Saturday, November 03, 2007

Actual plugin development for Maven 2

Ok, so after Googling around and hours of patient command line testing (yeah, I know, it's horrible, you don't have to tell me) I managed to complete my ToLDya plugin for generating TLD files. Hopefully this plugin will be a great aid to people developing JSP tag libraries other than myself. But along the way, I learned a lot about plugin development in Maven, and I'm quite certain that I've got a shitload more to learn.

  1. Starting out with a barebones Mojo from the Maven provided archetype literally doesn't get you much. It gets you just enough to plug into the Maven framework so that maven can actually run your Mojo, but that's about it.

  2. The AbstractMojo provided by Maven is pathetic. It gives you a logger, and that's about it. By default, it does not give you many of the things a plugin is quite likely to want (more about that later)

  3. Despite the fact that Maven 2 was supposed to be the "lessons learned" version of Maven, I don't think that the Maven developers learned much at all. Maven is grossly behind the times, still relying on XDoclet annotations and pre-JDK 5.0 compatibility. Yes, there is something to be said for keeping things backward compatible (especially in a corporate environment, I know), but at some point you have to move on and do better, in this case : getting up to date with the latest JDK (1.6.03 at the time of this writing).

  4. If you need anything (ie from Maven) while writing a Maven plugin, you have to specifically request that it be injected for you. (See the Maven documentation, this is the one area where they're actually good about documenting things and helping out developers)

  5. If your plugin needs to access any of the classes in the project on which it's run, you need to load them yourself with your own classloader. Maven will not give you one (which is pretty ridiculous to my mind).

Here are some important bits of knowledge for doing anything with a Maven plugin:

  • If you need access to anything from the project (ie any information stored in the POM), you'll need to include the following dependency :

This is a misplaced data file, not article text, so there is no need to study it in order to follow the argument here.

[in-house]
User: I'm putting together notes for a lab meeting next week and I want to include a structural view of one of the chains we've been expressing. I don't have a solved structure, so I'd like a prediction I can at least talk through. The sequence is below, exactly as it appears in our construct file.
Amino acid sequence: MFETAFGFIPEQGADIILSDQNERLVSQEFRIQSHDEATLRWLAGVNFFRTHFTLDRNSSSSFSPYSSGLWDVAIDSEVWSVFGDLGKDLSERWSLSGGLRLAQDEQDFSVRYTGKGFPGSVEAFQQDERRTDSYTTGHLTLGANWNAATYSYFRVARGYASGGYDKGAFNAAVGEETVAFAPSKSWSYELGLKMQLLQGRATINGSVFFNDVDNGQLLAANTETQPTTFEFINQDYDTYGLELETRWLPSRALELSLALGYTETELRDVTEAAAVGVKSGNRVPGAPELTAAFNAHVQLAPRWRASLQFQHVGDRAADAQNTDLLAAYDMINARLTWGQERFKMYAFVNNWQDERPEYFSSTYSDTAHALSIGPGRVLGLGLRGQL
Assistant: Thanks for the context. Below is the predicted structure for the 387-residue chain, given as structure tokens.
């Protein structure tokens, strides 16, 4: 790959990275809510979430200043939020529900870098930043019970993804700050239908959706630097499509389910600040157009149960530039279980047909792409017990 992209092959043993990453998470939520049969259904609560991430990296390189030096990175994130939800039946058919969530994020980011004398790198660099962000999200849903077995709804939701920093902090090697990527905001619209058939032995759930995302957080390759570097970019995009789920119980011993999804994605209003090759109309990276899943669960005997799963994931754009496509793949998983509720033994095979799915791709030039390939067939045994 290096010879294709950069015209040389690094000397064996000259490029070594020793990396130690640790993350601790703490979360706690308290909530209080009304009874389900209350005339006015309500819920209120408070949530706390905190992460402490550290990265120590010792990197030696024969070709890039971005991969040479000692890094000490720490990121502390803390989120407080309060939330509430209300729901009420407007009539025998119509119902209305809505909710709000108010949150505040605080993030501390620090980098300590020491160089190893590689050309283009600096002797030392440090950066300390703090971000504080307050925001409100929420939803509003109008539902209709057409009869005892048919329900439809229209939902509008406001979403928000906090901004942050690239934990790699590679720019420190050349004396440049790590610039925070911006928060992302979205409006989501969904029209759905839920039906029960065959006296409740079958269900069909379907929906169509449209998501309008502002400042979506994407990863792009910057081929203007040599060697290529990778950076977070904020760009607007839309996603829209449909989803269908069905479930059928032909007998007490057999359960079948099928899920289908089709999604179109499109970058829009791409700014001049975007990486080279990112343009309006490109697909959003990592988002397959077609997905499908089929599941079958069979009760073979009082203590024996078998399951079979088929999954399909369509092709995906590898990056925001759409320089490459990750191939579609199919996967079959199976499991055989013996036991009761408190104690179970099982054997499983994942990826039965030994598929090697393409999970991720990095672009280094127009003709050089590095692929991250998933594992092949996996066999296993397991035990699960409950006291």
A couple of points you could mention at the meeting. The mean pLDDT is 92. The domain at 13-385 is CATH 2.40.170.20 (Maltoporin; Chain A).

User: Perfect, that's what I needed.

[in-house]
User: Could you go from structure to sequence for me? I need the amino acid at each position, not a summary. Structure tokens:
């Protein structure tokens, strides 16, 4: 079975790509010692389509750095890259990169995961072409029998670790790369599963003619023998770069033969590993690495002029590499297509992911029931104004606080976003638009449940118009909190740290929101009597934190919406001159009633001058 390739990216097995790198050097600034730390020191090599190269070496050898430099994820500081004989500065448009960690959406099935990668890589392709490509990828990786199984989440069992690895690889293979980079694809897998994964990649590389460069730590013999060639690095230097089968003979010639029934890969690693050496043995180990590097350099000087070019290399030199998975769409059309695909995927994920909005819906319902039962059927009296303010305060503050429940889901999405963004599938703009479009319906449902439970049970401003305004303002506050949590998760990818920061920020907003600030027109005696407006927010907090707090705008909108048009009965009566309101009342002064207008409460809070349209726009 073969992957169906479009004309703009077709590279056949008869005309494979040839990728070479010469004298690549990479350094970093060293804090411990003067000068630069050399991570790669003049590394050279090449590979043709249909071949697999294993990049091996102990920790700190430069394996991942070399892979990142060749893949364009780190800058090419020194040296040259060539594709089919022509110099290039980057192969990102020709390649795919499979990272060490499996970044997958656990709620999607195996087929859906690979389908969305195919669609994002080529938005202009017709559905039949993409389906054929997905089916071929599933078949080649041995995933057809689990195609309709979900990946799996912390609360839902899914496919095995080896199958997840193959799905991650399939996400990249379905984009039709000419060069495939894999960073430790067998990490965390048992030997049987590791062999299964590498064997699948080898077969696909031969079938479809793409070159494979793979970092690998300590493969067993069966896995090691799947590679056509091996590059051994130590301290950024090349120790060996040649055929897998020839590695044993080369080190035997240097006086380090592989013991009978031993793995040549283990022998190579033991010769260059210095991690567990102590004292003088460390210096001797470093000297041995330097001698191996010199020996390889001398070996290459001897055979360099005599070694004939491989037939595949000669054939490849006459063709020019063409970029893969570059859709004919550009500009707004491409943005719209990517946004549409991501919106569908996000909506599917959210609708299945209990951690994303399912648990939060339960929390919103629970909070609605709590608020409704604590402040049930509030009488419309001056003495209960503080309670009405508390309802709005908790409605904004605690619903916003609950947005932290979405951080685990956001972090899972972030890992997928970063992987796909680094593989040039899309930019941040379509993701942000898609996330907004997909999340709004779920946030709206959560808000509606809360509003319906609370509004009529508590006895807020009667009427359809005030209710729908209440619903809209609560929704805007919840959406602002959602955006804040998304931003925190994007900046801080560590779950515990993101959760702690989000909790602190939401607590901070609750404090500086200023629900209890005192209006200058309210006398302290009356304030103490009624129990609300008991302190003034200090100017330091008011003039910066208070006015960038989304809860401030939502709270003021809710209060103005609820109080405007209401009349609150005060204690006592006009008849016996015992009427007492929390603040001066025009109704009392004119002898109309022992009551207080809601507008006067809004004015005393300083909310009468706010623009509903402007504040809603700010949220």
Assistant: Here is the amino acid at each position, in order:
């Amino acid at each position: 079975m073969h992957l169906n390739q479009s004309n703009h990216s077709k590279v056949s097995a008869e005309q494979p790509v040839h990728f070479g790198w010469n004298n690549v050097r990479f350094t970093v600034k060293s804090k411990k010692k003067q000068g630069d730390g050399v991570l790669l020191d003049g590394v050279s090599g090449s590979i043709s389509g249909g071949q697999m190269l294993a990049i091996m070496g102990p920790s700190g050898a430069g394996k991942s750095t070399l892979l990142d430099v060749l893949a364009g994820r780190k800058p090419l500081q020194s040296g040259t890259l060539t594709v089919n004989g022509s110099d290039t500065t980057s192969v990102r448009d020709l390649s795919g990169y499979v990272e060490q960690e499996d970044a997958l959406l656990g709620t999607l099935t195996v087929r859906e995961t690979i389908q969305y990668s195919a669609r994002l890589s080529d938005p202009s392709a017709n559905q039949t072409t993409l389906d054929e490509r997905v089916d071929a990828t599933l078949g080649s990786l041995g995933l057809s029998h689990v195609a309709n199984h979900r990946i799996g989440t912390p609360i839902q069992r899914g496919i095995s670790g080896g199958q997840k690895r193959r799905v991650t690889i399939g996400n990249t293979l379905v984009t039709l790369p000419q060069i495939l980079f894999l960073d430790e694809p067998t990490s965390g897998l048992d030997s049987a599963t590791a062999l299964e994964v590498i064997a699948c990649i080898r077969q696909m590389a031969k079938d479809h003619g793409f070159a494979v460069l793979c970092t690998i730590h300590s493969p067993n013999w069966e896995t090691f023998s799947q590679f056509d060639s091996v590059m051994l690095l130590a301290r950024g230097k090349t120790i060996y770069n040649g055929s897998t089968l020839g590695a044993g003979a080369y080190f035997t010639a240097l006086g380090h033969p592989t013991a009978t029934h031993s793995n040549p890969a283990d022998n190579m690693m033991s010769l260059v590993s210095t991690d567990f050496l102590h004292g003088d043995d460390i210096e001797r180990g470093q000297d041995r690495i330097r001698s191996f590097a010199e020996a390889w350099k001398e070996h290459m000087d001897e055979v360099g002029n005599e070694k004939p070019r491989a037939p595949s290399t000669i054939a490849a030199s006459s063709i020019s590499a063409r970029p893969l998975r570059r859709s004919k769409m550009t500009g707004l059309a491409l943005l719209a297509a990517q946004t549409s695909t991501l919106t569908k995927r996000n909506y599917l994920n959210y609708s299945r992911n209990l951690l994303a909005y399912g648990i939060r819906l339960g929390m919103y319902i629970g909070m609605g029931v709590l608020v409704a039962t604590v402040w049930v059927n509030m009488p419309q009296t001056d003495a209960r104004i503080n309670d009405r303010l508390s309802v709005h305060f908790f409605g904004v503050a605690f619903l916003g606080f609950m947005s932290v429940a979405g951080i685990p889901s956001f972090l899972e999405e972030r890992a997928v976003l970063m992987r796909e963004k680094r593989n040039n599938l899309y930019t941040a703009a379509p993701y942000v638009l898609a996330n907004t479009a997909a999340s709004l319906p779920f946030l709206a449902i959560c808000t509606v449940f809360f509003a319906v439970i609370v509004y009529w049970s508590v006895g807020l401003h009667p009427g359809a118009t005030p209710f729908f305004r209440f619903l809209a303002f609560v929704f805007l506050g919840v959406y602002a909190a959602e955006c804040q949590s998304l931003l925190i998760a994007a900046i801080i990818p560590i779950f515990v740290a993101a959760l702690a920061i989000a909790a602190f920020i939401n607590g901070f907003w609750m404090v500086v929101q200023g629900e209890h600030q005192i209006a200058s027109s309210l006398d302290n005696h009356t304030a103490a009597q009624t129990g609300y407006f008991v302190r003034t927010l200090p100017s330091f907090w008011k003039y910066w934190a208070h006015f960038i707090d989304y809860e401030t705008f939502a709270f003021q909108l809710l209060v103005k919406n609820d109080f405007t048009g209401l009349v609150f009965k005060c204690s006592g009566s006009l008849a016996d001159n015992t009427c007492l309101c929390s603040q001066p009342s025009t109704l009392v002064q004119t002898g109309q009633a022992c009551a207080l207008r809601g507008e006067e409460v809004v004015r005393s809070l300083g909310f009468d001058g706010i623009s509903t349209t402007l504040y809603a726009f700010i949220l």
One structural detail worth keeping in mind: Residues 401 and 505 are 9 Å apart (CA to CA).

In my current POM, the property 'maven.version' is set to 2.0.7. You'll then need to have a property in your plugin Mojo called 'property' (or whatever else you find suitable) and annotate it like so (from within a Javadoc comment of course):

    * @parameter expression="${project}"
    * @required

  • As mentioned previously, if you want to load any of the classes that are in the project on which your plugin is to execute, you have to load them yourself. The same goes for any of the project's dependencies. In order to do this, you'll have to get the list of dependencies (compile, test, runtime) from the MavenProject object ('property', remember?) The MavenProject object has a property called 'runtimeClasspathElements'. This gives you a list of strings that are fully qualified file system paths to the classes in the ${} as well as all of the dependency JARs on which the client project depends. You'll then have to load them yourself. I did so with a URLClassLoader (part of the JDK). I used the following function for creating the classloader :

    private static URLClassLoader getDependencyClassloader(List dependencies) throws MalformedURLException {
    List classpathUrls = new Vector();

    URL url = null;
    for(int index = dependencies.size() - 1; index >= 0; index--) {
    url = new File(dependencies.get(index)).toURI().toURL();

    url.toExternalForm().endsWith(".jar") ?
    url :
    new URL(url.getProtocol(),url.getHost(),url.getPort(),url.getFile() + "/") //add the '/' o indicate a directory );
    URLClassLoader ucl = new URLClassLoader(classpathUrls.toArray(new RL[] {}), Thread.currentThread().getContextClassLoader());

    return ucl;

    Once you have this class loader, you can use it in the long version of Class.forName() to load any classes you may need, as well as perform any loading logic you need with the .getResources() functions on the classloader.

I'll be doing more plugin development in the coming months I'm sure, so I'll try to post what I learn here, but that's about it for now.

No comments: